Prominent iOS security researcher and creator of the Yalu jailbreaks Luca Todesco announced yesterday his withdrawal from the jailbreaking scene. Along with some parting pieces of advice, he made clear that he will no longer be involved with the creation of public tools for the circumvention of Apple’s iOS “walled garden”.
The reasons for Todesco’s disappearance from the community are not given, but are perhaps not impossible to discern. He has often expressed frustration with the harassment and abuse he receives from over-eager jailbreakers, as well as the pressure to release free tools which began for him as a mixture of private challenge and work-related research. Add to this the demands of a budding career and it’s not hard to see why he has decided that remaining in the jailbreaking public eye is no longer for him.
Whilst this is undoubtedly a shame for jailbreakers everywhere who have profited by his work, we can at least be thankful for having received from him the only two public iOS 10 jailbreaks to date, yalu1011 and yalu102. In time, his original Yalu tool for iOS 8.4.1 may also come to be of use, having inspired and been incorporated into an alleged upcoming jailbreak from FriedAppleTeam.
His statement has been misinterpreted by some (as all his statements are) as implying that he is working on a final tool, perhaps a jailbreak for iOS 10.2.1, but this seems unlikely. Todesco has clarified on more than one occasion that his recommendation that people who are currently on iOS 10.2.1 remain there is just that, a recommendation. It signifies only that iOS 10.3 contains many bug fixes which make jailbreaking more difficult, and that remaining on the lowest possible firmware is always a good idea. iOS 10.2.1 is more likely to be jailbroken than iOS 10.3, though neither will be by him. Todesco’s comment on iOS 10.3’s security content supports this fact. Of course, if you are currently on a firmware lower than iOS 10.2.1, do not update.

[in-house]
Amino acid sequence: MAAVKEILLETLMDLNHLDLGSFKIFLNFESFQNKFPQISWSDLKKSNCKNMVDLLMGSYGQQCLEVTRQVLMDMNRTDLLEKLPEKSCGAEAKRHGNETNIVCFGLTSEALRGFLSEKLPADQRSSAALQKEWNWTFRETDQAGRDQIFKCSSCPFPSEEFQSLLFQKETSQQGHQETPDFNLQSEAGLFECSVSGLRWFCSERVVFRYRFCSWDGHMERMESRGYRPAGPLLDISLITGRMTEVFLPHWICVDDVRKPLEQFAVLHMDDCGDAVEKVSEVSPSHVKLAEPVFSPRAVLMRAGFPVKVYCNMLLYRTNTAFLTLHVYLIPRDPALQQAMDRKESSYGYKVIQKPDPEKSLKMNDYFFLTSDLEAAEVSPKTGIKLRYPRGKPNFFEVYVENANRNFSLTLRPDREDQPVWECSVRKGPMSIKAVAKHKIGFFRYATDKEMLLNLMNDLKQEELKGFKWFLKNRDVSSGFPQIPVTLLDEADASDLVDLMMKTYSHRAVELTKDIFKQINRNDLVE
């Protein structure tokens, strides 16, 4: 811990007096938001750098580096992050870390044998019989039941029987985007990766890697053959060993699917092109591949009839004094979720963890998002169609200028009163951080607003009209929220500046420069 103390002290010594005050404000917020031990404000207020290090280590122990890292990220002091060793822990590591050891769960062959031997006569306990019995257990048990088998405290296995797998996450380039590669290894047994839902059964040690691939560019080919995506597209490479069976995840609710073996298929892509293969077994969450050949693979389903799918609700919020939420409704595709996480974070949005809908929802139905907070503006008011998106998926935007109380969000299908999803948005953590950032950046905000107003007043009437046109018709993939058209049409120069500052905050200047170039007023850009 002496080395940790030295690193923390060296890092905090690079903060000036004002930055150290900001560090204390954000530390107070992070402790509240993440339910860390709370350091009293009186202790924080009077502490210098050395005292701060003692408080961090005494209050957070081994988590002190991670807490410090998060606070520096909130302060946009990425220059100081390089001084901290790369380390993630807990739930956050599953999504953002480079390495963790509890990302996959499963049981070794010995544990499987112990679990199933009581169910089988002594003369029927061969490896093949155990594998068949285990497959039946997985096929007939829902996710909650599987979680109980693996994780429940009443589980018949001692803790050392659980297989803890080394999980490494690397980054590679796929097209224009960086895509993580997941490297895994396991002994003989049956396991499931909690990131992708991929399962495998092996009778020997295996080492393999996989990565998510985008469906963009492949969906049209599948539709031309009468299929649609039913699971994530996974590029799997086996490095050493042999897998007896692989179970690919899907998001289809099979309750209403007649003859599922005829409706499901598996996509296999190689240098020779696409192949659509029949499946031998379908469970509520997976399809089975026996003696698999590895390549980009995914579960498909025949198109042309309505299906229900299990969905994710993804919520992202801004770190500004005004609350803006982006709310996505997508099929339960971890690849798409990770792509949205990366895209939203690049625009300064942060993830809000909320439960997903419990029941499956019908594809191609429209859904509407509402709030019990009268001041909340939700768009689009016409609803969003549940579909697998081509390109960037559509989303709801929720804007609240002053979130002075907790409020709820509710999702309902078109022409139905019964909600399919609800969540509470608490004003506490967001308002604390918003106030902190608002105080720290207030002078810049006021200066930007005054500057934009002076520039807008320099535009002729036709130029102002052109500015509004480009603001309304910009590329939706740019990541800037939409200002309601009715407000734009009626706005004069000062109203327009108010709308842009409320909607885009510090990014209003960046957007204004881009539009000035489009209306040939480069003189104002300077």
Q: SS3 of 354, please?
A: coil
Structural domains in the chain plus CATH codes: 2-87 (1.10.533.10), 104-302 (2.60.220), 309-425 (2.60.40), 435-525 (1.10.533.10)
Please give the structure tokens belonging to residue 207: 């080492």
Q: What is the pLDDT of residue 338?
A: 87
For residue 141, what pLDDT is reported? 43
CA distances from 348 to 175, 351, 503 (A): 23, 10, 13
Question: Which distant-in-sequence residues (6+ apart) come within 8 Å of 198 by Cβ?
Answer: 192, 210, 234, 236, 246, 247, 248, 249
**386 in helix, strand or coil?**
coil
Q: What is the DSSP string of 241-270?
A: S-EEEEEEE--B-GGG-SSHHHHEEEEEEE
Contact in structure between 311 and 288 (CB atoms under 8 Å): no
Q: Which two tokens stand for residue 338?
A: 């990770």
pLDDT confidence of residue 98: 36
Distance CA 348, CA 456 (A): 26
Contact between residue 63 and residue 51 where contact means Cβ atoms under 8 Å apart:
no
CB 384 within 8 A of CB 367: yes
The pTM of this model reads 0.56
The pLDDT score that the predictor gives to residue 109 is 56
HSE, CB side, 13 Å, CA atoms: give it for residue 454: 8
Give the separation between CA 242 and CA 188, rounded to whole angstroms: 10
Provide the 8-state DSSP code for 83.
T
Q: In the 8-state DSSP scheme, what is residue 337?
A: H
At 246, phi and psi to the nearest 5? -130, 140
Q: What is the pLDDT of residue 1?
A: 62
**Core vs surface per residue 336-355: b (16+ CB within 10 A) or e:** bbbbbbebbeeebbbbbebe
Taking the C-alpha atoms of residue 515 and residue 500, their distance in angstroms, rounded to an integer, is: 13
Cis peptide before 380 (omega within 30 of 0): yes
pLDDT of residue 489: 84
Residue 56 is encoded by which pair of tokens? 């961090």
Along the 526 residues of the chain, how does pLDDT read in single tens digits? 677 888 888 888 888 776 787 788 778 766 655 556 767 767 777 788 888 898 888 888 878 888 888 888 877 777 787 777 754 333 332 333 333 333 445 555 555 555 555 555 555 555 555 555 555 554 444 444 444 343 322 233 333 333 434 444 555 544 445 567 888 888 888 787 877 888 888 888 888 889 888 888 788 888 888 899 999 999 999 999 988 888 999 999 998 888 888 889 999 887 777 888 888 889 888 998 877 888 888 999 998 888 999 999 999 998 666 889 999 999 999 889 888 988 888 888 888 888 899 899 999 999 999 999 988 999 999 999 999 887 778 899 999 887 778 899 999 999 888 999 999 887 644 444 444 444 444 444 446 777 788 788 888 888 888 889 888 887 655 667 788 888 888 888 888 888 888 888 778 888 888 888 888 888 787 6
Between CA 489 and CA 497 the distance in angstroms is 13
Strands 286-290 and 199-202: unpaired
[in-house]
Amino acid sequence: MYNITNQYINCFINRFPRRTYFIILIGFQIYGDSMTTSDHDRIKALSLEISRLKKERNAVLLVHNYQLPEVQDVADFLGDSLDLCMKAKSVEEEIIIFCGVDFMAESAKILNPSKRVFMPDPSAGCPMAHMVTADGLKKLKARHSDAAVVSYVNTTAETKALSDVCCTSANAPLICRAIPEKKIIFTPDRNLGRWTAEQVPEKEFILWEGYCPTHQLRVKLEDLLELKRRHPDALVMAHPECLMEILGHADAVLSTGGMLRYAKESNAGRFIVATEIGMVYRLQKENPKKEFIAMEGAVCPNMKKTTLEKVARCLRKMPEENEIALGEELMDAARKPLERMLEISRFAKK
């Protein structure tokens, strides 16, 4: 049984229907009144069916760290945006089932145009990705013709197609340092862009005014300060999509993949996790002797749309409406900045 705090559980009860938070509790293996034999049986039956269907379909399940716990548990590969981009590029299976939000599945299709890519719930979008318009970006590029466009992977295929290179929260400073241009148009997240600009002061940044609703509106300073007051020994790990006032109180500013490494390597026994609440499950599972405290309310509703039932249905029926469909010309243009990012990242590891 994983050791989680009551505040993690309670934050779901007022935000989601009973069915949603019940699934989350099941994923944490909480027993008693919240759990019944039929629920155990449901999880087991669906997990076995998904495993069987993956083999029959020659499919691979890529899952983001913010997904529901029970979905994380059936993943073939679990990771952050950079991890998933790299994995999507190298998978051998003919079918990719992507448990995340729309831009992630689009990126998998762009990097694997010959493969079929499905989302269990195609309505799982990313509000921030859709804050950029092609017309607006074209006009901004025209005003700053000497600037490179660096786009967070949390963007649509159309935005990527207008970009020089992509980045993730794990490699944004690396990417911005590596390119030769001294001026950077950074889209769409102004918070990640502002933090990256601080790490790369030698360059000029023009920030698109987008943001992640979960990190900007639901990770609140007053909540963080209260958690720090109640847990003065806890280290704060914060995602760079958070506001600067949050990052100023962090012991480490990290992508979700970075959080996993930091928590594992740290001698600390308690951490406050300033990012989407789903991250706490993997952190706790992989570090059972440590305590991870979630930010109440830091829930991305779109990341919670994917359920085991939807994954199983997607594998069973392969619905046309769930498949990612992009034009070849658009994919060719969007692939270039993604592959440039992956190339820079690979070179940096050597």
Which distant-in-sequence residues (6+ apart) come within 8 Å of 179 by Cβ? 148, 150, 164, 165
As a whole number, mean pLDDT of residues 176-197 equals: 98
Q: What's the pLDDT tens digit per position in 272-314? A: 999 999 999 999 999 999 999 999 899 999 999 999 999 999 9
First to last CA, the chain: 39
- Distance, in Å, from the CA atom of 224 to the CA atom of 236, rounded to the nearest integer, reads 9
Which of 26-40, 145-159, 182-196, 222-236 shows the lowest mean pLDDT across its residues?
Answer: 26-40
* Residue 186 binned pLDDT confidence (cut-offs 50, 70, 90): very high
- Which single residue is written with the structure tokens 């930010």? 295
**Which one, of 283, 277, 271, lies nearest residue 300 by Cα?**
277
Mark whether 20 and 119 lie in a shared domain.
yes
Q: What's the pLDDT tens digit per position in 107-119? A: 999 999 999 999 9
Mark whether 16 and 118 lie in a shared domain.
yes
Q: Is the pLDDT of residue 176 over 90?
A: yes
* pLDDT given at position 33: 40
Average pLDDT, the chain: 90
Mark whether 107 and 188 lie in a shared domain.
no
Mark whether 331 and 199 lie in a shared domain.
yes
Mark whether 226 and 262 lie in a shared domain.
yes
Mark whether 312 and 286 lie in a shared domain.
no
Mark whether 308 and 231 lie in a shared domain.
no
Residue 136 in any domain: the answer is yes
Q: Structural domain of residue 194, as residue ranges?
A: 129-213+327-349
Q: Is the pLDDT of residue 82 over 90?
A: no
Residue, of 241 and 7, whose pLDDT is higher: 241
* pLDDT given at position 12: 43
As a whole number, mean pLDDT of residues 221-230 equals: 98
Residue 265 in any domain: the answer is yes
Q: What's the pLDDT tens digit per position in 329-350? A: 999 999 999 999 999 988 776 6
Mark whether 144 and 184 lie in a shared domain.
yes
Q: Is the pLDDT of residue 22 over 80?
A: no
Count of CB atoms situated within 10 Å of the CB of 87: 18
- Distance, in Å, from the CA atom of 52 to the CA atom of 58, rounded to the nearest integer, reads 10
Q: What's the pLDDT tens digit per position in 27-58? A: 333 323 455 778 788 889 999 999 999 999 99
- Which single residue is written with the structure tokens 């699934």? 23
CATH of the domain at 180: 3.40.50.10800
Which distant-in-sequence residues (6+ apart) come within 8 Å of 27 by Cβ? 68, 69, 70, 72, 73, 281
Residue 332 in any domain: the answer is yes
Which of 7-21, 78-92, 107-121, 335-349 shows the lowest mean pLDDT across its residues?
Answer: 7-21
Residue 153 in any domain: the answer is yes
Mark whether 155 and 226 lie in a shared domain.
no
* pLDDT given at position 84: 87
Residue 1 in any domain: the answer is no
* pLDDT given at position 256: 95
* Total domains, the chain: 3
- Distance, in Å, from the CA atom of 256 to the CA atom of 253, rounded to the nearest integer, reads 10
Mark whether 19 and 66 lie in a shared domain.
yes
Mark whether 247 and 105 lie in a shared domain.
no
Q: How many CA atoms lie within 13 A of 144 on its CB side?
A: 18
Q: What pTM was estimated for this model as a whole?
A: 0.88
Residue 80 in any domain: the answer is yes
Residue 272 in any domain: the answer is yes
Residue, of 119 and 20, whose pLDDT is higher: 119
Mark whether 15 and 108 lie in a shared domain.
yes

I’d also second Todesco’s other piece of advice in his “resignation letter”; save your blobs. As advised by me in a recent article, as well as proven by an upcoming tool I reported on a week or so ago, blobs often come in useful in ways that were not foreseen at the time. By the time these tools arrive it’s too late to save them, which is why jailbreak developers have always advised saving your blobs regardless, so that you’re ready when the time comes. Prometheus and Odysseus are two downgrade tools which prove the utility of this practice, and the upcoming tool I alluded to is yet another powerful example. Todesco clearly thought the advice important enough to include in a triptych including his resignation.
It’s unclear whether Todesco’s being “done with jailbreaking” refers to the release of public tools, the personal practice of tweaking his own devices, or the research and development of iOS exploits in general. I’d imagine he is referring to the first of these only, unless he is moving his professional interest to a different platform of security research. I for one would appreciate continuing to see his progress in the arena of jailbreaking, even if only to know that it can be done. For many, seeing evidence of his private jailbreaks is cause for furious anger, but I am happy to follow his research without seeing public releases, even if the interest is academic.
It remains to be seen whether Todesco will continue to collaborate with others in the community, or to offer advice and/or bugs in a diminished capacity to any future projects. For now, those of us who have one can continue to enjoy our iOS 10 jailbreaks thanks to his work.